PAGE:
Permitted  activities that are encourage in Marine Parks are those which do not destroy the coral reef environment.  These activities will expose the visitor to the beauty and wonder of the underwater world.  Some of these activities are:

  • SCUBA Diving.

  • Snorkeling.

  • Underwater Photography.

  • Swimming.

  • Observation and appreciation of aquatic flora and fauna.

  • Non-Motorised boating e.g. sailing, kayaking.

  • Fish Feeding.

  • Hill or nature walks on the islands.

 

Under the Fisheries Act 1985, all activities that destroy and damage coral reefs and marine ecosystems are prohibited and are an offence under the law.  Among them are:

  • Fishing or killing fish.

  • Spear fishing or sling fishing.

  • Collecting Coral, shells and other marine organisms.

  • Collecting sand, dead coral and dead shells.

  • Polluting and littering.

  • Anchoring on reefs.

  • Building or erecting any type of structure on the water.

 

Marine Park centres operate as a base for educational and enforcement efforts.  Visitors can obtain information about coral reefs and the marine environment at these designated centres.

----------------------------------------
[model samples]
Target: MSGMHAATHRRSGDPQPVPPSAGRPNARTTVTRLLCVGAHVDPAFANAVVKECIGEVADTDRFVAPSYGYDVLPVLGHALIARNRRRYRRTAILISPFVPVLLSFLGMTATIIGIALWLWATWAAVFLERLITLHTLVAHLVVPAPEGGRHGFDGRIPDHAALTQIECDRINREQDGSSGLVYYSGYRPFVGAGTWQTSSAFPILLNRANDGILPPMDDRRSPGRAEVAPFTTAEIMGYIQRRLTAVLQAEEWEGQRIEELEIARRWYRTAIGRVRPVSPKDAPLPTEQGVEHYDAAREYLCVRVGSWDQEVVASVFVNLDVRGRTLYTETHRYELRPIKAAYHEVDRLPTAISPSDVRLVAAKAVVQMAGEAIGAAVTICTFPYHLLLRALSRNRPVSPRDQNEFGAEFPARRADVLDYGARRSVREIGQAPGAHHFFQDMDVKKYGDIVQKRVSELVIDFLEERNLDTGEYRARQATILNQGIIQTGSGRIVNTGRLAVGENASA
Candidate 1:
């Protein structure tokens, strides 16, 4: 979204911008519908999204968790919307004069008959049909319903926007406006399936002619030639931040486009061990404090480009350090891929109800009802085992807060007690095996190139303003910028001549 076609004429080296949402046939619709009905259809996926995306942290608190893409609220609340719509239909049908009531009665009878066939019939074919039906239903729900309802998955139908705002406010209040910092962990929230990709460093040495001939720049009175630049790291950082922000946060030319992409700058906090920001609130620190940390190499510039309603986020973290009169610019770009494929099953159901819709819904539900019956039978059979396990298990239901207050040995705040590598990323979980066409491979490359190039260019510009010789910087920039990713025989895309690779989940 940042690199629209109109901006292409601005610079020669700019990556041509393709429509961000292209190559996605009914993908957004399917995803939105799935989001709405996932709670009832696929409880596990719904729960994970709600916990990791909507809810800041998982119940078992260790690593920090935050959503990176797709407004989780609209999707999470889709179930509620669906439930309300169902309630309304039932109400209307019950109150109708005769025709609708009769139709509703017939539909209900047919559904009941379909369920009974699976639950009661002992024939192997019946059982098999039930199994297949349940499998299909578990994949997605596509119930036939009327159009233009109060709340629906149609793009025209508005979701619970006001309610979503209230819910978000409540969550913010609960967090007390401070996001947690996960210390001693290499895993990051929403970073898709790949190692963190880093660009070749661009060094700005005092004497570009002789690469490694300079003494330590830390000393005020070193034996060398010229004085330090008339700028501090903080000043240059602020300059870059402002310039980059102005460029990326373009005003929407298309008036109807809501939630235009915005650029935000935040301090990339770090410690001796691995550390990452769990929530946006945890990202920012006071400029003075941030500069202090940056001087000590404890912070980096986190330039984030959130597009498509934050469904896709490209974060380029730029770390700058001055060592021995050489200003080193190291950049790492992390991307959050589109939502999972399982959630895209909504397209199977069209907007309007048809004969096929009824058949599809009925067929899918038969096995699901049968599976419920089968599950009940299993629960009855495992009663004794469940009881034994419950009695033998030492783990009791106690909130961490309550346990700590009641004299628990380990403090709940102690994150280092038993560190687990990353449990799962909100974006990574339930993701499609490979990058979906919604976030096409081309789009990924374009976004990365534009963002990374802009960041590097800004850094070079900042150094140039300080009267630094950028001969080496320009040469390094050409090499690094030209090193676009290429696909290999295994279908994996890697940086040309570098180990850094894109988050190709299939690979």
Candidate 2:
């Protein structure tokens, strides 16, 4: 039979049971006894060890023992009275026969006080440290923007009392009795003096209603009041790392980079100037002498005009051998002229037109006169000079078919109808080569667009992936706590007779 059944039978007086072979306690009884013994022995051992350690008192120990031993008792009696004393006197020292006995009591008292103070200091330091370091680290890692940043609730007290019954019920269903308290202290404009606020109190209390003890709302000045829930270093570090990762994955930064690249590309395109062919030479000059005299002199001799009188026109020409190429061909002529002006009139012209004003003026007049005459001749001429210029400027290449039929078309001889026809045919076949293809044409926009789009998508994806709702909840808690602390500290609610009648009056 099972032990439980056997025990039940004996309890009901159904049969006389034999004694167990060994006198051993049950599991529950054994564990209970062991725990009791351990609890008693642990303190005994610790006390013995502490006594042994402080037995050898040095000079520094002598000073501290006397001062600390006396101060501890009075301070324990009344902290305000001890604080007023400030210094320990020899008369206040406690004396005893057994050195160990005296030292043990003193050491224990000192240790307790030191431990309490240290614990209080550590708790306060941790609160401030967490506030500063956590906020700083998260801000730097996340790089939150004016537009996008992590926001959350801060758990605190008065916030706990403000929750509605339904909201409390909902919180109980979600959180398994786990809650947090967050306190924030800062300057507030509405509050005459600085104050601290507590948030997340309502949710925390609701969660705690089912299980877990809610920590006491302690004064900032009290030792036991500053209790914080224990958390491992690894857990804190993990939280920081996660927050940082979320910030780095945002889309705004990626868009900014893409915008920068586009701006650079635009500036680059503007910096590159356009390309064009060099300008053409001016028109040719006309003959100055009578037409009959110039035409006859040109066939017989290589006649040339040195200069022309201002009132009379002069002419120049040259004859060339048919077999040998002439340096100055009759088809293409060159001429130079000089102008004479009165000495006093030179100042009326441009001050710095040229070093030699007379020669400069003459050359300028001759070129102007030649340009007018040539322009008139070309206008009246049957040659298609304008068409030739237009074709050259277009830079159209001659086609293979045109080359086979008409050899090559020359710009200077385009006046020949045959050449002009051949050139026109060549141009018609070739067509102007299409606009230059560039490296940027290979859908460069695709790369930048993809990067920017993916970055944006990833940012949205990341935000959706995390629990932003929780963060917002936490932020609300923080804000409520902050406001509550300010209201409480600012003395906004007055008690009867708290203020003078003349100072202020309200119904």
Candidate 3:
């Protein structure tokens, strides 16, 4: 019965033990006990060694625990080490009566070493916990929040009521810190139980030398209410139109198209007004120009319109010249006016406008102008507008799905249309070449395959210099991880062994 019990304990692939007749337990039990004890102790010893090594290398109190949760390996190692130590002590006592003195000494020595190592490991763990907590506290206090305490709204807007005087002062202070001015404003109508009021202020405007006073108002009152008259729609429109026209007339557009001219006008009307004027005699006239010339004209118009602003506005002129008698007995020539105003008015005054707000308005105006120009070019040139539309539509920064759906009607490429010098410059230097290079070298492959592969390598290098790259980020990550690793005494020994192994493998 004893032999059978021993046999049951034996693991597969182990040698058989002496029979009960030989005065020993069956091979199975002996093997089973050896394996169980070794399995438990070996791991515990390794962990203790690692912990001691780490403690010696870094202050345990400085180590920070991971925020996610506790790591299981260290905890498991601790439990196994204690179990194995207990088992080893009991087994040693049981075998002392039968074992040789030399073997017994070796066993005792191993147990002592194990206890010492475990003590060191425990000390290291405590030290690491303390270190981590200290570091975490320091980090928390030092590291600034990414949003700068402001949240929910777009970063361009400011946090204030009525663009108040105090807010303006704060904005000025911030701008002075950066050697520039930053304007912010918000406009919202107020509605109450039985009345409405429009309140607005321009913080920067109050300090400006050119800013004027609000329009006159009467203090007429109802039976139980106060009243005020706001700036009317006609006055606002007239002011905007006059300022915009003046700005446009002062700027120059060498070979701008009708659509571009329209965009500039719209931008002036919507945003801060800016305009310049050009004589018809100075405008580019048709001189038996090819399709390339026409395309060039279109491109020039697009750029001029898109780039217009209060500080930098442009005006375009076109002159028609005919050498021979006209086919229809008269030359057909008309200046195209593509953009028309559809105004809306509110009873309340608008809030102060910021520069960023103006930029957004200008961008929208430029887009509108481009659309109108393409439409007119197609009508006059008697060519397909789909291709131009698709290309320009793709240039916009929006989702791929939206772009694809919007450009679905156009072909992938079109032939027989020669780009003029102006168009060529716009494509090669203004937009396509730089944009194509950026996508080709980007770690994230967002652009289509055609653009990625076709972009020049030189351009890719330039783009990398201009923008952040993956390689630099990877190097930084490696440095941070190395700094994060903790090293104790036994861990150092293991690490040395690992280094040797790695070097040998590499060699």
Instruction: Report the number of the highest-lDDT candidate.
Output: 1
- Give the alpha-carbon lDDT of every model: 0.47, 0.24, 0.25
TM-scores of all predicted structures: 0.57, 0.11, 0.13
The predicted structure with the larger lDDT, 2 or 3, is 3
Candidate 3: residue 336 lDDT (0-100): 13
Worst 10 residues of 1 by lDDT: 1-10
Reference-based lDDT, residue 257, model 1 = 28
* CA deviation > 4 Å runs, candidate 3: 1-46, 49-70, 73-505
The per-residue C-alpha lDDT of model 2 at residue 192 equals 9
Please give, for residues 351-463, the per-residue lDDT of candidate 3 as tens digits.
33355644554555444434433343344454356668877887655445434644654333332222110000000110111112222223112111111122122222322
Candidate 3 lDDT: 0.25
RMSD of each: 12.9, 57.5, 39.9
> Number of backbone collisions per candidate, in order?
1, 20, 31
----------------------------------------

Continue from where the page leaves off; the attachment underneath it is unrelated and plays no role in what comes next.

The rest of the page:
Visitors to the Marine Parks will be required to pay conservation charges:

  • RM5.00 /adult

  • RM2.50 /children

 

 

Fast Facts

 

Climate

Mean annual temperature is between 21oC and 33oC and the water temperature is around 25oC.  The dry season for islands on the west coast of the Peninsula is from November to march.  The islands on the east coast experience occasional torrential showers between November to February.  However, selected established resorts continue to operate during this season.

 

Getting Around

In most places, car, motorcycles or bicycles can be hired to move around.  For foreigners, an international driving license is required.  Certain islands have no paved roads and offer boat rides as the main mode of transport.

 

Banks

Before embarking on the island trip, visitors are advised to make prior financial arrangements on the mainland.  However, well-developed islands such as Langkawi and Pangkor have banks.  Foreign currency can be changed at selected resorts, banks and airports.

 

Medical Facilities

Most islands have clinics which operate from 8:15am to 4:45pm.  Selected resorts have resident doctors.

 
 
 
 
Scuba Diving Facts & Marine Parks
SCUBA DIVING